Of Love and Other Demons – Gabriel Garcia Marquez

Translated from the Spanish by Edith Grossman
First published 1994

Set in 1700s Colombia, it’s a story of a little girl born into a family of nobles whose landholdings are disappearing and family name is fading.

The twelve-year-old daughter of the Marquis is a miracle child which the saints have given to her parents.

She is bitten by a dog and the fear is that she has contracted rabies, which was common at that time and was a cause of many untimely deaths. Half-doctors, quacks and local medicine-women begin strange and tortuous treatments on her to cure her real or imagined disease.

When traditional medicines fail to treat her festering wound the word goes out to the leader of the Church who forces the father to entrust the girl to a convent of nuns, party to treat her, partly to quarantine her.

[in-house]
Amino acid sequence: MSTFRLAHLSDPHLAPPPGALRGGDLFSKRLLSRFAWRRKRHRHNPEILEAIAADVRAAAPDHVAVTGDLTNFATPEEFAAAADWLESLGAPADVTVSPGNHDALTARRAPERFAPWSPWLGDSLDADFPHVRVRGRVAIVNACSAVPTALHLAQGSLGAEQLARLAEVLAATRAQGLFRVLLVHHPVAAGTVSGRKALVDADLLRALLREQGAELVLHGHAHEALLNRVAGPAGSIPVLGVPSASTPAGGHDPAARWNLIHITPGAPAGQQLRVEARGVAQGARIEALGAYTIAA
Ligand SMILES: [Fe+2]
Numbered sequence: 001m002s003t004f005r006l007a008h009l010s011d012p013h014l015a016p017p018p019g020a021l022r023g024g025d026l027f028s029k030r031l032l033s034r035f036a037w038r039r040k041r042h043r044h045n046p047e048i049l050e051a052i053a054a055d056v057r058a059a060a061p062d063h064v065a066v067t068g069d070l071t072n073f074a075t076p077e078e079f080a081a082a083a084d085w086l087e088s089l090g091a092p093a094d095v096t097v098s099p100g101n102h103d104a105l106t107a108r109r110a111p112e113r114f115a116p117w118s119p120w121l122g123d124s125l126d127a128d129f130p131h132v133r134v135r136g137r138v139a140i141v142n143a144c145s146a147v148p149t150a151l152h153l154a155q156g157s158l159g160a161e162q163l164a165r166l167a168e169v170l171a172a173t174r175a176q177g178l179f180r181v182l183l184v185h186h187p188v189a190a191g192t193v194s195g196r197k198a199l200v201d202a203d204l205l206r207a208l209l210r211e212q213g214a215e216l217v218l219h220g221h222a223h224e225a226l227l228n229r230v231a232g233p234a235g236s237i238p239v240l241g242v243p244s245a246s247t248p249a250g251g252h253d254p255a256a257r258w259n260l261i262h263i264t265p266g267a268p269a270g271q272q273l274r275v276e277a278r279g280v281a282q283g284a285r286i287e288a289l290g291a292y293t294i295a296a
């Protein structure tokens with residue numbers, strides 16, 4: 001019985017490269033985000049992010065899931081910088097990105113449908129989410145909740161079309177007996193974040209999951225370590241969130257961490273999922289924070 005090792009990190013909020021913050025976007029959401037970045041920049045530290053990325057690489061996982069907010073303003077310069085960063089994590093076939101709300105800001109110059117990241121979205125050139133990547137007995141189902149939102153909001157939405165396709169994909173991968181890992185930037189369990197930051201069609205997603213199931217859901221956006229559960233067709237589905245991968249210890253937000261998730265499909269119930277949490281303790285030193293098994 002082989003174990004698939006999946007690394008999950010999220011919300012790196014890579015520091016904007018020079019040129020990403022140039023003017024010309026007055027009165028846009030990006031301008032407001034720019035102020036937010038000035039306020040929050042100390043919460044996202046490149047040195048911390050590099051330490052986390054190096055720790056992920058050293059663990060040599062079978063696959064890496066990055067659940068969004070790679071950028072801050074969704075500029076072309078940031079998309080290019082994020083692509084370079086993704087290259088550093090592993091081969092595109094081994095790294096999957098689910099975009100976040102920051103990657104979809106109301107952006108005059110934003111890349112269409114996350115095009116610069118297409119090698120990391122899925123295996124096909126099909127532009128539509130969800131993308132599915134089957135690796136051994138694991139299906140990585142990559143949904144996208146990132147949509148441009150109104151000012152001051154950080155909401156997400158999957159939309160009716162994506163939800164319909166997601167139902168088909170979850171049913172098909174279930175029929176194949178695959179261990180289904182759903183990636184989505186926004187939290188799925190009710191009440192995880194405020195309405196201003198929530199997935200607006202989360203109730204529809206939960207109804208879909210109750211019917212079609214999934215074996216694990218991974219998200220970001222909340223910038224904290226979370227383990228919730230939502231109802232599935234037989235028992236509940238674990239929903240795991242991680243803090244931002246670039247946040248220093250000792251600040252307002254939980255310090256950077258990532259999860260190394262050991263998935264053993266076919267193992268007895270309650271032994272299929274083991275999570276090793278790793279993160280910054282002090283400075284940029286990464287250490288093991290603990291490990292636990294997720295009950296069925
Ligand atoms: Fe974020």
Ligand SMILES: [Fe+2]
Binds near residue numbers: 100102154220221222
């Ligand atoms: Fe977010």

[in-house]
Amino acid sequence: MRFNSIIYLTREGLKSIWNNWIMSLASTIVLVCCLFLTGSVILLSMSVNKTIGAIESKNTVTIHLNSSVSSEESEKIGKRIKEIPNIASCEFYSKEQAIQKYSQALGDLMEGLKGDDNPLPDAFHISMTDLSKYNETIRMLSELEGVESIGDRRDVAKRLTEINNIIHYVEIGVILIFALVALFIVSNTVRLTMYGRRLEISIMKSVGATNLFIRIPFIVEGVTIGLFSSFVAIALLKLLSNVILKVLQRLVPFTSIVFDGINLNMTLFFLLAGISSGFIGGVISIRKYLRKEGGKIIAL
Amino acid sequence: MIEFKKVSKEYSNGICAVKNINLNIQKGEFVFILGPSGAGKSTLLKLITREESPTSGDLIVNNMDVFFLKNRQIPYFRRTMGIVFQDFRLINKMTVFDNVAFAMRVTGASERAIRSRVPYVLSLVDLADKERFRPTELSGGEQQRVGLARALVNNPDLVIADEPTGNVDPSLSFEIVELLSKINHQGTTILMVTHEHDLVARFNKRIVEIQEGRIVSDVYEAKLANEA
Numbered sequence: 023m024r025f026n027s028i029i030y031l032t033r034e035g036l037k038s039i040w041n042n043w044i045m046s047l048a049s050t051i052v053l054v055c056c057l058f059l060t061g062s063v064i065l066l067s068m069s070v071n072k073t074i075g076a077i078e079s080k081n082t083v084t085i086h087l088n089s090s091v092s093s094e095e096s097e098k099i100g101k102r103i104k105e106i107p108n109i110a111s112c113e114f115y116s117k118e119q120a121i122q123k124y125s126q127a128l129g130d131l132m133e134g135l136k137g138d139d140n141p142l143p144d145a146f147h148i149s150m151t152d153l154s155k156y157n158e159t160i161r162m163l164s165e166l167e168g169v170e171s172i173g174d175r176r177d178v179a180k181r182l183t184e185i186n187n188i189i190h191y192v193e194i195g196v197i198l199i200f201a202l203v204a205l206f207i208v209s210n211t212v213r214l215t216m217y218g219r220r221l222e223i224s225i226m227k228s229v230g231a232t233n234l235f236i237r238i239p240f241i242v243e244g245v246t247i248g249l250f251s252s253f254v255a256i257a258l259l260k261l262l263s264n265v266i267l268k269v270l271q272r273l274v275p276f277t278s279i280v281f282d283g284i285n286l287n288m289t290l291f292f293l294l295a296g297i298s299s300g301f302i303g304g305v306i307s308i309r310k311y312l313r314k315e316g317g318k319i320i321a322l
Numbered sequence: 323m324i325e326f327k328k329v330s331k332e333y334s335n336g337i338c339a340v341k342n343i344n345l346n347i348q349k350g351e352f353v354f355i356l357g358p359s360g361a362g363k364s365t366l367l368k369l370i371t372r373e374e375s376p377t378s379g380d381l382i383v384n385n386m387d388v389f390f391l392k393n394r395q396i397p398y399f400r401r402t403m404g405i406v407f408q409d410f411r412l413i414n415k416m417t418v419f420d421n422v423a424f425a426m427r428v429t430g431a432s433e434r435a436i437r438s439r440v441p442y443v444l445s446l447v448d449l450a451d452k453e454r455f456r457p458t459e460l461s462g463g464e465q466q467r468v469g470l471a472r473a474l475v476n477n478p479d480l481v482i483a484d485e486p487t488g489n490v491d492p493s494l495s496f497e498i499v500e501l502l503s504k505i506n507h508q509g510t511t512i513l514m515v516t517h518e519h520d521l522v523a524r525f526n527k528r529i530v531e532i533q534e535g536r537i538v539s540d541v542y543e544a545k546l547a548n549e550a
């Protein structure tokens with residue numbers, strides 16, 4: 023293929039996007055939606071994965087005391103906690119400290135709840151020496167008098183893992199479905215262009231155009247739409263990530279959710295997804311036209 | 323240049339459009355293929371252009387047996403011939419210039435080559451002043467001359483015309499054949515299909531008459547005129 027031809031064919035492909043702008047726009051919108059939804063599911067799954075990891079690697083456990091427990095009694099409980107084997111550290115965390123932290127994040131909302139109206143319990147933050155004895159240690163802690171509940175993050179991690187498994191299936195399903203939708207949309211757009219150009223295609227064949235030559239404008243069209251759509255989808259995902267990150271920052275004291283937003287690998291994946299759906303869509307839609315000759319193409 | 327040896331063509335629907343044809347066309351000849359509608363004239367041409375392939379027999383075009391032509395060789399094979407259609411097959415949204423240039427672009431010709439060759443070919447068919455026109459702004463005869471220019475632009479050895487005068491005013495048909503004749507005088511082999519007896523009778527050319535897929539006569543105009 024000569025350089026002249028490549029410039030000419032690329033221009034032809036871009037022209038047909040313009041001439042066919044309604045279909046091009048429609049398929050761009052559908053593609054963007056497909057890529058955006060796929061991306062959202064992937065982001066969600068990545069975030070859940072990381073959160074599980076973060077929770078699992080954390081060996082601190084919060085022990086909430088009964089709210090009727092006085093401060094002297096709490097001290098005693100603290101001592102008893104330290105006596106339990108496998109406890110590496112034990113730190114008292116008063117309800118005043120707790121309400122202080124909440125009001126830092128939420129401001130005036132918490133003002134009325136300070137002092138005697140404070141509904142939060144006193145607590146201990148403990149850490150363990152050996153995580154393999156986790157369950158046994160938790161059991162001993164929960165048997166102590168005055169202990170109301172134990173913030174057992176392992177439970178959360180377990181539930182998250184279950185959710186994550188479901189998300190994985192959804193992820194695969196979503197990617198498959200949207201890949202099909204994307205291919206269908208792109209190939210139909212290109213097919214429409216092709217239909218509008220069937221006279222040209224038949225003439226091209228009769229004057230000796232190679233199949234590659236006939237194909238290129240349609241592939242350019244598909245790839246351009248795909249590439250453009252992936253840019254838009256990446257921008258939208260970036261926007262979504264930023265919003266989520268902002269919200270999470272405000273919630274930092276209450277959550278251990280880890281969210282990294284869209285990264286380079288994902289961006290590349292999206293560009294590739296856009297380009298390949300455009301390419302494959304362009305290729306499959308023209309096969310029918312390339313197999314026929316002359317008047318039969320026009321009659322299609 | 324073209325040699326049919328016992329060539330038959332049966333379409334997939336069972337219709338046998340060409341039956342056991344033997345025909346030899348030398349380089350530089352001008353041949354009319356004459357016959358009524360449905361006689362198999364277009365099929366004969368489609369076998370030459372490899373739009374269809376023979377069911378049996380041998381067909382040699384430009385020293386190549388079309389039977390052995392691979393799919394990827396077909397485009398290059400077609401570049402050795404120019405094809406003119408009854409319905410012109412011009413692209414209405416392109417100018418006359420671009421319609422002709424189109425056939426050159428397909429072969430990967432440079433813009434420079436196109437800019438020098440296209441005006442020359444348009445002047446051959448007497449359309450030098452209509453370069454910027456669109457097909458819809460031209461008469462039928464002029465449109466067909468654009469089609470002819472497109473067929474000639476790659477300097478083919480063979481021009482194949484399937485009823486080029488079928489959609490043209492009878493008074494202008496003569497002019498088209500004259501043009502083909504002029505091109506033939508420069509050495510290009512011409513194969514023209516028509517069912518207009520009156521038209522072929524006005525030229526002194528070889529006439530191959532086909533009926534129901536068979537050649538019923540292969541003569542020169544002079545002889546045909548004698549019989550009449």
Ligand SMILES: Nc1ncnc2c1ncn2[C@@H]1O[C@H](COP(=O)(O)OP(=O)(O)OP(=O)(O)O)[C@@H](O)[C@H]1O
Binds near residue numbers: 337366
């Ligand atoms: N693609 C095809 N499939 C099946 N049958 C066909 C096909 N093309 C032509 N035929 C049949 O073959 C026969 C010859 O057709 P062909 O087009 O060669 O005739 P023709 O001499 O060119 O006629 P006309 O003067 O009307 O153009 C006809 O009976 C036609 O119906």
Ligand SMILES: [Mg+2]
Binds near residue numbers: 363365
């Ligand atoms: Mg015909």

There at the convent, living in delusions of solitary life, they come to believe that the girl is possessed and must be exorcised. Then starts a macabre story of blind faith taking over reason.

The novel is a rich depiction of colonial Colombia, its society, faith, and its politics. The twelve-year-old girl has a magical aura to her character; and her fascination relationship with her mother who absolutely hates her, hates anything to do with her, and later, the power of her beauty, the influence of her presence, on the emissary of the Church official, who falls in love with her during her days of confinement at the convent, and wants to rescue her.

And as always, Marquez’s unique narrative style, magical and dreamy, – with an echo of One Hundred Years of Solitude – frankly sensual, and inconspicuously violent, takes you into a world of possibilities – It’s a very engrossing read. Full marks.


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